Shoe­horned onto the spe­cially erected stage in the beau­ti­ful old church, the ac­tion took place be­tween Matthew Sharp’s sprightly young Sol­dier, and his meet­ing with the Devil, a role well known to the ac­tor, Wal­ter van Dyke. The brief ap­pear­ance of the dancer, Isa­diora Valero Meza, added the part of the Princess.

By com­plete con­trast, the first half of the pro­gramme – the Stravin­sky is an ex­tended score – was de­voted to El­gar’s nos­tal­gic Piano Quin­tet, a lov­ing ac­count that reached its full-blooded ro­man­ti­cism in its fi­nal pages. Blues and Soul, A Night at the Mu­si­cals, clas­si­cal mu­sic and out­stand­ing per­for­mances by chil­dren and young people. The fes­ti­val runs from June 29 to July 2 at The Car­riage­works Theatre, Leeds. For more in­for­ma­tion visit www. leed­sjew­ish­fes­ti­val.com or call 0113 2680899. SCAR­BOR­OUGH’S an­nual Seafest, which takes place from July 25-27, will have a spe­cial vis­it­ing pop-up event this year. An off­shoot of Leeds’s Caribbean Car­ni­val, the pop-up car­ni­val will fea­ture mu­sic and dance and spec­tac­u­lar se­quined, feath­ered and beaded cos­tumes. It will take place from noon un­til 2.30pm on Satur­day July 26 at the Spa end of the beach in the South Bay. Other high­lights of the fes­ti­val in­clude mu­sic from the Par­adise Stelle Band and the Men of Staithes Choir and food demon­stra­tions from a line-up of top chefs. A PART of the laud­able Alan Ben­nett sea­son at West York­shire Play­house, this is a show worth see­ing in the con­text of Ben­nett’s oeu­vre, even though it is not from the pen of the mas­ter him­self.

Un­for­tu­nately, that it was merely in­spired by, as op­posed to writ­ten by, Ben­nett shows in a mu­si­cal that feels like lots of de­cent ideas in search of a plot.

A cor­rupt group of of­fi­cials are op­er­at­ing as a mafia of lo­cal pol­i­tics in post­war Bri­tain, while hum­ble chi­ropodist Gil­bert at­tempts to sat­isfy his mea­gre am­bi­tion to open his own surgery.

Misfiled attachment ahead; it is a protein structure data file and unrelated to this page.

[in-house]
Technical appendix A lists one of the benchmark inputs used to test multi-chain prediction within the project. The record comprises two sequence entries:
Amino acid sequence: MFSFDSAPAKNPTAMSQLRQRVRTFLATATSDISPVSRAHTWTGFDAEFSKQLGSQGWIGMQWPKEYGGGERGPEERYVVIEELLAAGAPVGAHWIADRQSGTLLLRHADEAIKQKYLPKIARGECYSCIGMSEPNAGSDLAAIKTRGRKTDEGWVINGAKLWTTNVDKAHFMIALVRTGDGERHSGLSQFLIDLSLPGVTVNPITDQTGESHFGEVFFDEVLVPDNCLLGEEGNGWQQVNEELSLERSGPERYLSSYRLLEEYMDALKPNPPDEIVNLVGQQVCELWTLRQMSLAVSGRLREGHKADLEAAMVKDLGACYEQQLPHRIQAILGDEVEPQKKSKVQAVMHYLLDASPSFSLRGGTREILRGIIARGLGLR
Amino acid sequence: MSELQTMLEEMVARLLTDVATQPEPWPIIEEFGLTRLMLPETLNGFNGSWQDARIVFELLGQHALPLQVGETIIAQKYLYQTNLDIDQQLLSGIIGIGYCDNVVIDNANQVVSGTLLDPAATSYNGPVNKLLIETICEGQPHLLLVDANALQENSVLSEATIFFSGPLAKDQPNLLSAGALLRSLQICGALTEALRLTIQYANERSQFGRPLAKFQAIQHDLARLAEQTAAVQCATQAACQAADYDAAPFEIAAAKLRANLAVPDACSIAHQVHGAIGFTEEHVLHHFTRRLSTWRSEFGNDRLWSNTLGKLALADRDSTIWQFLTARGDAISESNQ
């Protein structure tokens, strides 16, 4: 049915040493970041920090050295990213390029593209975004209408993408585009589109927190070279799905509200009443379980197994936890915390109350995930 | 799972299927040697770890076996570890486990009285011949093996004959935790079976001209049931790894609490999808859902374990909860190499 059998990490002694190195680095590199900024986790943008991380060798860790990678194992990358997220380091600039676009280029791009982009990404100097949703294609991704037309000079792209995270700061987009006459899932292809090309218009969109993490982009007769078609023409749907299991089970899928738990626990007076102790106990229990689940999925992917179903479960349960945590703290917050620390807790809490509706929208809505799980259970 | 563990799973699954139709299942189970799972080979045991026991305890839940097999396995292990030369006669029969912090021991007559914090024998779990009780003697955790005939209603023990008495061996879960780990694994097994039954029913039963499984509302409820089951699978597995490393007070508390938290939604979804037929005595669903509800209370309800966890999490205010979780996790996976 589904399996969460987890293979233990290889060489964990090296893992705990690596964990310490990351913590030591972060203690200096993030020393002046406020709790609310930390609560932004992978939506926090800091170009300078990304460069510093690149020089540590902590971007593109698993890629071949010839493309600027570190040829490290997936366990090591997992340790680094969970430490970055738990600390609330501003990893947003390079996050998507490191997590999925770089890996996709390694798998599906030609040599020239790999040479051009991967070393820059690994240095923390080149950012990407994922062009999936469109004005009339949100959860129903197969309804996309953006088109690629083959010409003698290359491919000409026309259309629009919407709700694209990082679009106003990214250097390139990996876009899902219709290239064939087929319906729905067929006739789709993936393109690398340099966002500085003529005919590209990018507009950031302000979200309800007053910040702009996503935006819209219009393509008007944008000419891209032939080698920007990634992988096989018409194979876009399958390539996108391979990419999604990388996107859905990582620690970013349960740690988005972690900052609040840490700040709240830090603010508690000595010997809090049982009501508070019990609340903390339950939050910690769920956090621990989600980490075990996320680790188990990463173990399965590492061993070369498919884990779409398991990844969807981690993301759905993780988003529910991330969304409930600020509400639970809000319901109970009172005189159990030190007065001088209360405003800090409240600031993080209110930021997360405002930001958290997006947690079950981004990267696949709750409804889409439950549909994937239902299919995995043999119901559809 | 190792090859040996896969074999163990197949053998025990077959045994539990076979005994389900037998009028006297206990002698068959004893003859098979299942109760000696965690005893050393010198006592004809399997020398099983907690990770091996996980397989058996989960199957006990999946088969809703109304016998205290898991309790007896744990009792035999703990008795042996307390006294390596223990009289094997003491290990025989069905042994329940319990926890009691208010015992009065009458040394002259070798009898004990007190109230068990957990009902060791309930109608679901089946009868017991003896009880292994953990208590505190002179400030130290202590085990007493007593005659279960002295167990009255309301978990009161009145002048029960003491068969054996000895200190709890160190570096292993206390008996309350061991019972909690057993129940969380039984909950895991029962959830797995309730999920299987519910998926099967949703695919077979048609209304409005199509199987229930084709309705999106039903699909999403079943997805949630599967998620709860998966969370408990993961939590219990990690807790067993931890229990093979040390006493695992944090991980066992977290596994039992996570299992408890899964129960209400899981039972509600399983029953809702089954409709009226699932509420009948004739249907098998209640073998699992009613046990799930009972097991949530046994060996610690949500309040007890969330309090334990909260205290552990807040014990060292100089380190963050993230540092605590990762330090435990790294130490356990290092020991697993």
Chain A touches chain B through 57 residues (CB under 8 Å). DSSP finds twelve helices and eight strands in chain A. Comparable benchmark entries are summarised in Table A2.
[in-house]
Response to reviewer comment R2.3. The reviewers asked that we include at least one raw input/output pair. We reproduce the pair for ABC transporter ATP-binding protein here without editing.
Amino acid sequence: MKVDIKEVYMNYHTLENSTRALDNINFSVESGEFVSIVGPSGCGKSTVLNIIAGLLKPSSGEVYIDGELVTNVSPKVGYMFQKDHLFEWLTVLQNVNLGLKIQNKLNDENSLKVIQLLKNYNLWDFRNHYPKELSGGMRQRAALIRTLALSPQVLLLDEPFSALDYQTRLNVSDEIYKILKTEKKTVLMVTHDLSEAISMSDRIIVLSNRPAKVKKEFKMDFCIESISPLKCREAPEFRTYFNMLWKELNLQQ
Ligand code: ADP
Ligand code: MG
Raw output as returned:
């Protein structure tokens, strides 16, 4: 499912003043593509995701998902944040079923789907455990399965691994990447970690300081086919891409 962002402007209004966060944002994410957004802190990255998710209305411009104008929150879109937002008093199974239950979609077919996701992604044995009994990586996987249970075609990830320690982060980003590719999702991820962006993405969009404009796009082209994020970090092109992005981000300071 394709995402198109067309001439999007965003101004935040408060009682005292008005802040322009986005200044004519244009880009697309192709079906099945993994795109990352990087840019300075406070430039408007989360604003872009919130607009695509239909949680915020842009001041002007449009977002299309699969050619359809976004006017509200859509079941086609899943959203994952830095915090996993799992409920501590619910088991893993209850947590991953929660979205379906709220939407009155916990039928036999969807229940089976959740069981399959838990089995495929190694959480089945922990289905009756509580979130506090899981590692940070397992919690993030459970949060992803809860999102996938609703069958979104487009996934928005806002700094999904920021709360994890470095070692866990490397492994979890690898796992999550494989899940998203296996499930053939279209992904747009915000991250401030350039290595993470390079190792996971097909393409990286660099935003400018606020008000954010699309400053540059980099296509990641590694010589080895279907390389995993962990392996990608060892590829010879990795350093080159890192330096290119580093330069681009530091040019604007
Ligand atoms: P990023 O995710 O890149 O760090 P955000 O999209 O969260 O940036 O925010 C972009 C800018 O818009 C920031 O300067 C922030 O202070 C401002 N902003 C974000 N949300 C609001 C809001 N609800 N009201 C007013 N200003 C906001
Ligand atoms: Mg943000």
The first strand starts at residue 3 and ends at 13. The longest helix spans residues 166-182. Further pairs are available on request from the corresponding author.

An un­likely hero, the mu­si­cal veers down a ridicu­lous al­ley­way when the wom­en­folk of the vil­lage sing lyri­cally about his magic hands rub­bing away at their corned feet. It is as un­ap­petis­ing to watch as it is to read about.

The meat of the story is about a pig that will be turned into sausages, un­til Gil­bert kid­naps/res­cues the porky din­ner be­fore it ar­rives on the plates of the avari­cious lo­cal coun­cil­lors. Even writ­ing the syn­op­sis you won­der how this ever made it to the stage.

The an­swer is be­cause of the man who in­spired it – Ben­nett is stamped through this pro­duc­tion.

It is in­spired by Ben­nett’s Pri­vate Func­tion. How­ever, what worked on the big screen does not trans­late to the stage and de­spite some fine per­for­mances and – in the sec­ond act – some toe-tap­ping mu­si­cal num­bers, the fact that it all seems both lu­di­crous and im­pos­si­ble to care about means the good things about this mu­si­cal are swal­lowed up by its short­com­ings.

To July 5. THE Na­tional Coal Min­ing Mu­seum is hold­ing its an­nual Min­ers Gala on Sun­day from 10am-4.45pm. It will be a day full of fam­ily ac­tiv­i­ties, mu­sic, bike races, dis­plays and a craft show com­pe­ti­tion. Ad­mis­sion to the Gala is free and vis­i­tors can also ex­plore the mu­seum’s cur­rent ex­hi­bi­tion Courage, Ca­ma­raderie and Com­mu­nity.

ANEXT weekend sees Shel­ley’s bi­en­nial art ex­hi­bi­tion take place in the West York­shire vil­lage’s Em­manuel Church. Along­side the am­a­teur artists, two pro­fes­sion­als will be tak­ing part in the show this year – Royal Aca­demi­cian Paul Cur­tis and lo­cal Brian Hal­ton. The ex­hi­bi­tion takes place on Satur­day June 28 from 11am to 5pm. Ad­mis­sion is free and there will also be a French­style craft and pro­duce mar­ket.